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[en-reyj] /ɛnˈreɪdʒ/
verb (used with object), enraged, enraging.
to make extremely angry; put into a rage; infuriate:
His supercilious attitude enraged me.
Origin of enrage
1490-1500; < Middle French enrager. See en-1, rage
Related forms
[en-rey-jid-lee, -reyjd-] /ɛnˈreɪ dʒɪd li, -ˈreɪdʒd-/ (Show IPA),
enragement, noun
anger, inflame, madden. Enrage, incense, infuriate imply stirring to violent anger. To enrage or to infuriate is to provoke wrath: They enrage (infuriate ) him by their deliberate and continual injustice. To incense is to inflame with indignation or anger: to incense a person by making insulting remarks.
appease, pacify. Unabridged
Based on the Random House Dictionary, © Random House, Inc. 2015.
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Examples from the web for enrage
  • Nor was there in the question put by the clergyman anything likely to enrage him.
  • May further enrage colleague, but your clear, calm response will not get you into trouble.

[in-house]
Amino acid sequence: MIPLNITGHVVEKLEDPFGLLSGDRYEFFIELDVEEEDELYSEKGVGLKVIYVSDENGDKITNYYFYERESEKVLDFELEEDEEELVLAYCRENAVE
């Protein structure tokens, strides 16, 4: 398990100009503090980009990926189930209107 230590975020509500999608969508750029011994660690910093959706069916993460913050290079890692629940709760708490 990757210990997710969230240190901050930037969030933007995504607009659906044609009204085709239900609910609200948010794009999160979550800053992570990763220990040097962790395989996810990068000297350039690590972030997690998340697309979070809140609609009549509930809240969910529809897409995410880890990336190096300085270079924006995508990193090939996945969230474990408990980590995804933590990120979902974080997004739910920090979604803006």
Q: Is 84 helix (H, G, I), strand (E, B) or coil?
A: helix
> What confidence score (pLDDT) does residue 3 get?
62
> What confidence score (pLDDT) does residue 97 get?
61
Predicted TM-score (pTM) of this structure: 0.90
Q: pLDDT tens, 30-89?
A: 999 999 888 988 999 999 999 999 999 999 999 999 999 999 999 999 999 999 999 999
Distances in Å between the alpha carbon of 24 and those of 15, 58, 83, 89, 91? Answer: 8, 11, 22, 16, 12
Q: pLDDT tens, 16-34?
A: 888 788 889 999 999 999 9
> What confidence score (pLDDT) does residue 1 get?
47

• Whether fancy or skunked, words that enrage or distract will get in the way of the message.
  • When you obsess over and enrage yourselves over such things, you create an ugly work environment.
  • The hunter stamped on some of the nearest ants, then moved away, so as not to enrage himself further.
  • Good lists engage readers, enrage them and flatter their ability to think of better examples.
  • Experts routinely warn companies not to get caught with lax policies, which can enrage juries and inflate settlement costs.
  • Attempts to increase drink duty normally enrage the struggling pub industry.
  • Political power has forced the party to make compromises that enrage ideologues.
  • Deficit reduction is popular in principle but will enrage lobbies.
British Dictionary definitions for enrage


(transitive) to provoke to fury; put into a rage; anger
Derived Forms
enraged, adjective
enragedly (ɪnˈreɪdʒɪdlɪ) adverb
enragement, noun
Collins English Dictionary - Complete & Unabridged 2012 Digital Edition
© William Collins Sons & Co. Ltd. 1979, 1986 © HarperCollins
Publishers 1998, 2000, 2003, 2005, 2006, 2007, 2009, 2012
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Word Origin and History for enrage

late 14c. (implied in enraged), from Old French enragier "go wild, go mad, lose one's senses," from en- "make, put in" (see en- (1)) + rage "rabies, rage" (see rage (n.)). Related: Enraging. Intransitive only in Old French; transitive sense is oldest in English.

Online Etymology Dictionary, © 2010 Douglas Harper
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